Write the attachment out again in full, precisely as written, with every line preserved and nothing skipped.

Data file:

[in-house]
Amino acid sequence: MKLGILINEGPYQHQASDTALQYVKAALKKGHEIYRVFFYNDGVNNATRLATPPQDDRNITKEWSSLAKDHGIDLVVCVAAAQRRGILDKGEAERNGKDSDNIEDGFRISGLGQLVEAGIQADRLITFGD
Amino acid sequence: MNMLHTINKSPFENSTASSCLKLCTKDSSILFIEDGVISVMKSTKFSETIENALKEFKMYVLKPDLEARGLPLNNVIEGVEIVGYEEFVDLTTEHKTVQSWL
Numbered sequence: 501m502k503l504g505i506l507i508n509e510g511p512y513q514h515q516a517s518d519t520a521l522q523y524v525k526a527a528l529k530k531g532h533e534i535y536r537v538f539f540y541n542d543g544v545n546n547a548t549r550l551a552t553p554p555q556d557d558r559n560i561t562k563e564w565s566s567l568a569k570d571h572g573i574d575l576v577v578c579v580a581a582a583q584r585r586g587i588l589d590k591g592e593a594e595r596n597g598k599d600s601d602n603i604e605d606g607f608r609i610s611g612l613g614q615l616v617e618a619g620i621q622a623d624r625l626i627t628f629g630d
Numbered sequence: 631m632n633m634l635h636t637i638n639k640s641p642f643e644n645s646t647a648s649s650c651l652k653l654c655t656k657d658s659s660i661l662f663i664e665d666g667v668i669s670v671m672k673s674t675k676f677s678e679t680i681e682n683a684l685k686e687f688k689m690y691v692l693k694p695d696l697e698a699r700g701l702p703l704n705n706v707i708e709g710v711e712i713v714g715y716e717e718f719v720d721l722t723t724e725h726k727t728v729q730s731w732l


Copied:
[in-house]
Amino acid sequence: MKLGILINEGPYQHQASDTALQYVKAALKKGHEIYRVFFYNDGVNNATRLATPPQDDRNITKEWSSLAKDHGIDLVVCVAAAQRRGILDKGEAERNGKDSDNIEDGFRISGLGQLVEAGIQADRLITFGD
Amino acid sequence: MNMLHTINKSPFENSTASSCLKLCTKDSSILFIEDGVISVMKSTKFSETIENALKEFKMYVLKPDLEARGLPLNNVIEGVEIVGYEEFVDLTTEHKTVQSWL
Numbered sequence: 501m502k503l504g505i506l507i508n509e510g511p512y513q514h515q516a517s518d519t520a521l522q523y524v525k526a527a528l529k530k531g532h533e534i535y536r537v538f539f540y541n542d543g544v545n546n547a548t549r550l551a552t553p554p555q556d557d558r559n560i561t562k563e564w565s566s567l568a569k570d571h572g573i574d575l576v577v578c579v580a581a582a583q584r585r586g587i588l589d590k591g592e593a594e595r596n597g598k599d600s601d602n603i604e605d606g607f608r609i610s611g612l613g614q615l616v617e618a619g620i621q622a623d624r625l626i627t628f629g630d
Numbered sequence: 631m632n633m634l635h636t637i638n639k640s641p642f643e644n645s646t647a648s649s650c651l652k653l654c655t656k657d658s659s660i661l662f663i664e665d666g667v668i669s670v671m672k673s674t675k676f677s678e679t680i681e682n683a684l685k686e687f688k689m690y691v692l693k694p695d696l697e698a699r700g701l702p703l704n705n706v707i708e709g710v711e712i713v714g715y716e717e718f719v720d721l722t723t724e725h726k727t728v729q730s731w732l